Klaus Majewski describes one security manager's novel approach to on-the-job training.

An organisation without an incident handling team (IHT) can be compared to a city without a fire brigade. The result can be widespread damage, with normal citizens finding themselves having to tackle fire fighting tasks that they were never trained to perform.

This is the reason why larger companies recruit dedicated incident handlers. These teams may be as small as just two people, but will still be able to handle all critical incidents, and have a positive stabilising effect on the organisation as a whole.

Unfortunately, it is becoming increasingly difficult to find experienced incident handling people on the market today, and those that are available are very experienced and very expensive. So, are more cost-effective routes available for organisations seeking to assemble their own efficient incident handling teams?

One solution would be to hire cheap trainees, but provide them with high-quality equipment with which to handle incidents. The problem with this approach, even with training, is that it could take a very long time before the rookies would have enough experience of handling incidents to become effective.

Training to use tools

I once heard a story about a very enthusiastic security manager who had figured out his own way to train the IHT. He had no experienced incident handling people on his staff at all, but he did have a good set of basic security protection tools, such as firewalls, VPNs and IPS devices.

One day he used a simple directory traversal attack against his own company's test web server. He launched the attack from the internet, and then waited to see if his staff would detect his actions. They didn't of course, because they were not in the habit of looking at IPS alerts and logs.

So the security manager told his incident management staff what he had done, and asked them to uncover evidence of his attacks. They eventually found the evidence in the IPS alerts and logs. So they created an incident case, collected all the information they could find, and finally printed a report for the security manager.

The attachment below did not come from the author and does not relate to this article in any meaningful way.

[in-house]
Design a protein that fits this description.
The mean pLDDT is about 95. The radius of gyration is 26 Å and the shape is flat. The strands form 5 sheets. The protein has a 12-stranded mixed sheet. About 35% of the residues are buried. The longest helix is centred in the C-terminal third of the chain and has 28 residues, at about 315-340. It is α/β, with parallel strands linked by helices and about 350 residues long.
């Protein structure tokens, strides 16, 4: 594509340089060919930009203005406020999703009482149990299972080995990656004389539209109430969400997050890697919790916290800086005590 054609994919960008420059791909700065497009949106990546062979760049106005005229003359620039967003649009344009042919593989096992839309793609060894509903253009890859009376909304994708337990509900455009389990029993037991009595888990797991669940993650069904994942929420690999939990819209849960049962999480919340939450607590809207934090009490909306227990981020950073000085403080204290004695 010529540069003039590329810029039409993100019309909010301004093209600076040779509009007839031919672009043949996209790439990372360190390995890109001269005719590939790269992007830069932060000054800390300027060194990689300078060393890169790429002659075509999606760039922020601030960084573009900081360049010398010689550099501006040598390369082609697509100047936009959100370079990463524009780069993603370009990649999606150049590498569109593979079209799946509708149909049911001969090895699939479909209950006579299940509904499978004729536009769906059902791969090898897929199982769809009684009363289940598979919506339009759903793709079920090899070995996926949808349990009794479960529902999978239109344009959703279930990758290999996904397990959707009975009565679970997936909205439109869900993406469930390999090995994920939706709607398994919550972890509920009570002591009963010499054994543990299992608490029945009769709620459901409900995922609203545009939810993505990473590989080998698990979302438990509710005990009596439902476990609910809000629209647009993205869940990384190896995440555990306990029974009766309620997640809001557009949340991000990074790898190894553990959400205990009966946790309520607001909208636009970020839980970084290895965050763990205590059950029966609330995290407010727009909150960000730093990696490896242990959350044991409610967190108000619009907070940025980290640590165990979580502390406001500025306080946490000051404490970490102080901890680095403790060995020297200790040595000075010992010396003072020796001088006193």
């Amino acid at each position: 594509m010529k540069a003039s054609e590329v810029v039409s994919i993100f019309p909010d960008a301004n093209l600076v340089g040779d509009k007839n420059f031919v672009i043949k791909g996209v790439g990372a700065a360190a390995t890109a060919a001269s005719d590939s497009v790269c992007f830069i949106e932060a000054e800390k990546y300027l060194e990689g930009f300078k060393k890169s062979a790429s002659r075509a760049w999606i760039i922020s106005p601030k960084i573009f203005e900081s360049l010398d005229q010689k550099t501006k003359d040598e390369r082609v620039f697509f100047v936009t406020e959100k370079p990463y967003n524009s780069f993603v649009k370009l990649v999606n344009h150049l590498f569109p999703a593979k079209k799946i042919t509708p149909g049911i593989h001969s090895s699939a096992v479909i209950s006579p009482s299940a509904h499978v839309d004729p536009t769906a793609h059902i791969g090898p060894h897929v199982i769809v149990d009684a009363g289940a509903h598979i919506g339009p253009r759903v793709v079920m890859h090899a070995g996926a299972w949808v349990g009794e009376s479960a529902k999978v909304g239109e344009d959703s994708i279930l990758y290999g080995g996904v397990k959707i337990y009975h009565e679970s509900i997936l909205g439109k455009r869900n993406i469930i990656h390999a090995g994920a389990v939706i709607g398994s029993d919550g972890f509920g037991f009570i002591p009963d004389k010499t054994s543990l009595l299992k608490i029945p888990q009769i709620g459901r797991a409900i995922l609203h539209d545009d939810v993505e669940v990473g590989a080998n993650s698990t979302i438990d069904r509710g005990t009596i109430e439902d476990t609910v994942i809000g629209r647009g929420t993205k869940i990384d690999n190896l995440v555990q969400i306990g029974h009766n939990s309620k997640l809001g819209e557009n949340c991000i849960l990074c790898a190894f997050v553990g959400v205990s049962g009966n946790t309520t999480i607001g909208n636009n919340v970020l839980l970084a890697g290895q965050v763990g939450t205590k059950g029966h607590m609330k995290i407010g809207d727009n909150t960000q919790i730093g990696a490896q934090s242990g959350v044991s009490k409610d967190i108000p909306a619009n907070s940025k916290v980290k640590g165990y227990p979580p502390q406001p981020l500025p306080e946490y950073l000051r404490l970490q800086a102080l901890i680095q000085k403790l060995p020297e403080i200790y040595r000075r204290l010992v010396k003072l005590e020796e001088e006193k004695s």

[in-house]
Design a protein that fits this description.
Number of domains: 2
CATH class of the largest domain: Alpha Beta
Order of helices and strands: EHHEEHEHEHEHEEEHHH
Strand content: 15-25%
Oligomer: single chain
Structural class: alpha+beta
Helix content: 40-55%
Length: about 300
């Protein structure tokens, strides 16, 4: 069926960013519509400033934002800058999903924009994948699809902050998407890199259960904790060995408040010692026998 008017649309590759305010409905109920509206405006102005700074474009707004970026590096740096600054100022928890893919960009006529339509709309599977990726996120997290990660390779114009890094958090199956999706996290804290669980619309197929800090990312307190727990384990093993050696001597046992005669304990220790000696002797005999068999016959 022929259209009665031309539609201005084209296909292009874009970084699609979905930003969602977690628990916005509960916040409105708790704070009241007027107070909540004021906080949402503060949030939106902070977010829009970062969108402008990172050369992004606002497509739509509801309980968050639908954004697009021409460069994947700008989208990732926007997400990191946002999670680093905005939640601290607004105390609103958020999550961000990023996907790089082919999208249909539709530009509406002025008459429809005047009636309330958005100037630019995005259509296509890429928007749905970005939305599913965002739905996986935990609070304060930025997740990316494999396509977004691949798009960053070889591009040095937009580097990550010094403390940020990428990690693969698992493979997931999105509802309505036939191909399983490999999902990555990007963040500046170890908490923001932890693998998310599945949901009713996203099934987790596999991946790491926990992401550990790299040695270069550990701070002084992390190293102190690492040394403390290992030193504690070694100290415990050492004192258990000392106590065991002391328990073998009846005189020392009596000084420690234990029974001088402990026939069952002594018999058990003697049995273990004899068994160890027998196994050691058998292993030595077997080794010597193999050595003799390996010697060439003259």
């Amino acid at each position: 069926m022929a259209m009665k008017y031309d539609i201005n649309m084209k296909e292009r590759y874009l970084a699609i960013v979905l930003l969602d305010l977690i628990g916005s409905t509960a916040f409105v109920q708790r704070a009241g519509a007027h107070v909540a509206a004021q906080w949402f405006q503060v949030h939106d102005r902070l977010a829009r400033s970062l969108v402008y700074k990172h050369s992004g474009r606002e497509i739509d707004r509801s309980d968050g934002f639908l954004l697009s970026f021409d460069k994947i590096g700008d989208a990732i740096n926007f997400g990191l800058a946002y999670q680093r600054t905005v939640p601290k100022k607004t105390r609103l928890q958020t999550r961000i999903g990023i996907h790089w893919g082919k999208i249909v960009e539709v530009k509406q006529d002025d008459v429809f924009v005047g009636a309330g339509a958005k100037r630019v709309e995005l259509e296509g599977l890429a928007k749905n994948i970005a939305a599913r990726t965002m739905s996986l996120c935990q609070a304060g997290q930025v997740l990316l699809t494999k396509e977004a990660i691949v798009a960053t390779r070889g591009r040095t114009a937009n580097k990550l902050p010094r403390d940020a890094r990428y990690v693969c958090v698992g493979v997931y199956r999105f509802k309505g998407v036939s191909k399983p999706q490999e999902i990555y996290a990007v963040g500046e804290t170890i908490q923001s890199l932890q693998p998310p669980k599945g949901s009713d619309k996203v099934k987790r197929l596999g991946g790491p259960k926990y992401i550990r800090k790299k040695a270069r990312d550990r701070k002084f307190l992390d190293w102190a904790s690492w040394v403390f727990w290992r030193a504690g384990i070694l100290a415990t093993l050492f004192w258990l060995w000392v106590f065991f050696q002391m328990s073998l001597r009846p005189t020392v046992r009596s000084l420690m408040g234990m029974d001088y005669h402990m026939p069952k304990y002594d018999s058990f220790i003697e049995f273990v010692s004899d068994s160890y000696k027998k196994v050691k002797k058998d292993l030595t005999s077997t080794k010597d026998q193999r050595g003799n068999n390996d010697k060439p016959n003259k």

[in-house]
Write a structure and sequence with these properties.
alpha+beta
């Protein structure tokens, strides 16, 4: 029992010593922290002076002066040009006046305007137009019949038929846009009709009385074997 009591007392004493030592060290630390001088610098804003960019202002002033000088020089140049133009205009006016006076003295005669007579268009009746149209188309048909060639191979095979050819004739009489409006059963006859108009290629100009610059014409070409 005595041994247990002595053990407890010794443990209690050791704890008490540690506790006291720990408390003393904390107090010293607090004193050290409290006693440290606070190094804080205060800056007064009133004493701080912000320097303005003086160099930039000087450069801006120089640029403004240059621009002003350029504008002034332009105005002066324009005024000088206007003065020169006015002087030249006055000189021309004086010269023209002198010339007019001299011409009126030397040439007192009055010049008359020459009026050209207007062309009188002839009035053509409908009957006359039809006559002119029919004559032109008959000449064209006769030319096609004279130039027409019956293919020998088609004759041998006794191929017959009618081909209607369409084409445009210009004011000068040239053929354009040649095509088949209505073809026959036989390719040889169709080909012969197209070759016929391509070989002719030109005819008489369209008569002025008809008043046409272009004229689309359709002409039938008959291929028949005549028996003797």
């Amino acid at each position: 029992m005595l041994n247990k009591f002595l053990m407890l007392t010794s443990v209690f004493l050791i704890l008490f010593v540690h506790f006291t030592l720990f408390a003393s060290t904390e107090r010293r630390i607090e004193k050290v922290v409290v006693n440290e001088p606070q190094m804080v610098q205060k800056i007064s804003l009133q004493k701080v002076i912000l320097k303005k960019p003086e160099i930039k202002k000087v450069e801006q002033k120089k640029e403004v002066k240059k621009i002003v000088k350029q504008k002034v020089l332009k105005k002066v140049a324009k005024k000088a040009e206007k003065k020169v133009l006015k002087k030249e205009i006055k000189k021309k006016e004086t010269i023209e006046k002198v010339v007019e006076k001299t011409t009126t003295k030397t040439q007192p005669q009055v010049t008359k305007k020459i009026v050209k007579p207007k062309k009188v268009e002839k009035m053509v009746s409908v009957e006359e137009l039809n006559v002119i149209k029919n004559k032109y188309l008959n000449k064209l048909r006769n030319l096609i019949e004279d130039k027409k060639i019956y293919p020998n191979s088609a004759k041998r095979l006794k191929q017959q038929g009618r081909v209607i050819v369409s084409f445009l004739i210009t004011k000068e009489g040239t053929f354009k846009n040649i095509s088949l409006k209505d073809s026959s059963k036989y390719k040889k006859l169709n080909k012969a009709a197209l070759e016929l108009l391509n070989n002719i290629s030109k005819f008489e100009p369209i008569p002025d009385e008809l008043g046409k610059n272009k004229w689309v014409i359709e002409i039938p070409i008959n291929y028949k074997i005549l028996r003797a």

In this way, the incident management staff learned to use their equipment and were able to store the data for future use. They also learned not just to watch production systems, but also to secure test systems, which have often been used as stepping-stones to attack live production systems.

However, the security manager was not satisfied yet. He knew his staff could now detect intrusions from the internet, but wondered what would happen if an intrusion came from the DMZ area. He had noticed that the web server in the DMZ had a direct connection through the firewall to the internal domain name server. He also discovered that the firewall was not configured correctly, and allowed the web server to access any internal server using port 53 (the domain name port). He used all of this information and found himself a remote connection from the DMZ to one of the internal workstations.

The security manager went back to his incident management team and asked if it had discovered anything abnormal. This time his team reported that it had seen some weird activity from the web server in the DMZ, which had tried to resolve names from several internal servers. The security manager complimented his team for finding this information, but instructed it to look deeper into the traffic of that web server.

Finally, his team noticed from traffic captures that the web server was not sending name resolution queries to internal servers at all, but running remote desktop management. So they restricted the web server's access to the internal name server only. This meant the team would get an alert if the web server tried to send anything other than name server queries through port 53.

The security manager then went one step further and made a final attack from the internal network. This time the attack did not go through any firewalls, but it did go through an IPS that was protecting the internal web server. In just a couple of minutes he received a phone call from his now wary incident management team informing him that IP-address had tried to attack the internal web server. The security manager opened the incident management window of the security system, and was able to follow in real time exactly how his team tracked the attack to his laptop. Now he was satisfied that his team knew how to use its security and audit systems effectively. These skills would also help his organisation claim compliance to different regulatory demands like the Payment Card Industry standard (PCI) or Sarbanes-Oxley.

This short example illustrates that it does not take a great deal of effort to train an incident management team, if it has good tools at its disposal.

Klaus Majewski is product specialist manager at Stonesoft, www.stonesoft.com